A local activist group is supporting the lawsuit filed by a national environmental group against President Trump for failing to protect critical habitats for 23 endangered species on Guam, the CNMI, Palau, and the Federated States of Micronesia.
The global nonprofit Center for Biological Diversity filed its notice of intent last week, naming 14 plants and nine animals in its list of endangered or threatened species.
According to the national nonprofit, these species, such as the Pacific sheath-tailed bat and Slevin’s skink, desperately need protected habitat and they are at immediate risk from agricultural and urban sprawl, climate change, and military expansion and training.
Since most of the listed species can be found in northern Guam, Maria Hernandez of Prutehi Litekyan said they would like to reach out to the global nonprofit to find out how these species would be impacted by military buildup projects such as the firing range.
“Prutehi Litekyan is very … you know we are glad to see the Center for Biological Diversity taking a strong stance in the protection of the endangered and endemic species on Guam. This is something that has been in our group’s platform since we first started and a lot of what people don’t realize is that — these endangered species are endemic to Guam and the Marianas. Some can’t be found anywhere else in the world,” Hernandez said.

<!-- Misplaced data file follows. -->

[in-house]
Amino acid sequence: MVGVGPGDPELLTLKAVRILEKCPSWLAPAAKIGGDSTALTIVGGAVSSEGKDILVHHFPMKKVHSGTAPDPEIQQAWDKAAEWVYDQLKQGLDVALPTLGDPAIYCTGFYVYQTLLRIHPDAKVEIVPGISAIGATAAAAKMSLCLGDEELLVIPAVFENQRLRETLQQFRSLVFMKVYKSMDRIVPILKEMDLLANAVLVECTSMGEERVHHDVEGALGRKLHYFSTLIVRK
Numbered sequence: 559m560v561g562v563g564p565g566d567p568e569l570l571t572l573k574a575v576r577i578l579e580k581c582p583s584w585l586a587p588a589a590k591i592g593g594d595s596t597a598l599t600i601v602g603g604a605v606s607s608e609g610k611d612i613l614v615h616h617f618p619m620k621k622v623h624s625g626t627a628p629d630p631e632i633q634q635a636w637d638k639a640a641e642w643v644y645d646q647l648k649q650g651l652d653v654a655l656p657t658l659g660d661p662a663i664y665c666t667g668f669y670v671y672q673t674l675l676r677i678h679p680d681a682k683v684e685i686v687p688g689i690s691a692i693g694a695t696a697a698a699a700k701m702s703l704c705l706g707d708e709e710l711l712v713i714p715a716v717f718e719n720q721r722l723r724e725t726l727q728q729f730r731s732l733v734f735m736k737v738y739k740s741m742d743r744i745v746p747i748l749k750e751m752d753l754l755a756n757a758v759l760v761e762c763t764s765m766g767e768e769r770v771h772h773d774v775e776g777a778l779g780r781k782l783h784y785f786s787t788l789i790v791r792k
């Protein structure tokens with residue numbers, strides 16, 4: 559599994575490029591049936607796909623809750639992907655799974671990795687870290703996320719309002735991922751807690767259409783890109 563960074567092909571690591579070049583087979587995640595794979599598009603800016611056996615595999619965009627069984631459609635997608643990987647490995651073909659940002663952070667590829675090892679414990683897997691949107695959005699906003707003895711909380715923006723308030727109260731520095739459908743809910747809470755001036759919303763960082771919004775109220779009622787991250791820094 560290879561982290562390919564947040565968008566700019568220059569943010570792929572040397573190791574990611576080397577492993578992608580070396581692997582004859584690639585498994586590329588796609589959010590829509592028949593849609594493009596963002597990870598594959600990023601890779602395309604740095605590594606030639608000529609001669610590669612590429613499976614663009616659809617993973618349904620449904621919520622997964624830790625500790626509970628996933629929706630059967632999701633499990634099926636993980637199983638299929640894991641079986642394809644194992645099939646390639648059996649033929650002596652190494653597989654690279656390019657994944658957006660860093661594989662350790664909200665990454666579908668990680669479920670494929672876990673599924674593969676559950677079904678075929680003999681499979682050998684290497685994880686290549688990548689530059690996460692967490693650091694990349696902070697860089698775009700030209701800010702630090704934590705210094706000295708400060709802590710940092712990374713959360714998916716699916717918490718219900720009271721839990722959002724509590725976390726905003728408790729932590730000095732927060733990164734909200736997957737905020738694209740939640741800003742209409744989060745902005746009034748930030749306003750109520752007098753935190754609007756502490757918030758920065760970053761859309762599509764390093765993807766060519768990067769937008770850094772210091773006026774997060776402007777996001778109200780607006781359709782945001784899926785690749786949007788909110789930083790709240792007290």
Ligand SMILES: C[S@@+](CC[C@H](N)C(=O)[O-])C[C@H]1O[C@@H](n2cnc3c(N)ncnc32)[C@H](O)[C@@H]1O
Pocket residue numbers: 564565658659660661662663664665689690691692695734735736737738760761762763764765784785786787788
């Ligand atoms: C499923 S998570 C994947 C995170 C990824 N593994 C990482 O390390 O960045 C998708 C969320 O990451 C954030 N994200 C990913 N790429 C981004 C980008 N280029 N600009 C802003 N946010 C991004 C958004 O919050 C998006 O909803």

In 2015, the U.S. Fish and Wildlife Service listed 23 plant and animal species in greater Micronesia as endangered or threatened. According to CBD, listing a species as endangered or threatened is just the first step in ensuring a species’ survival and recovery. Critical habitat protections would prohibit federal actions that would destroy or harm such habitats and will help conserve what remains of these species’ limited native range.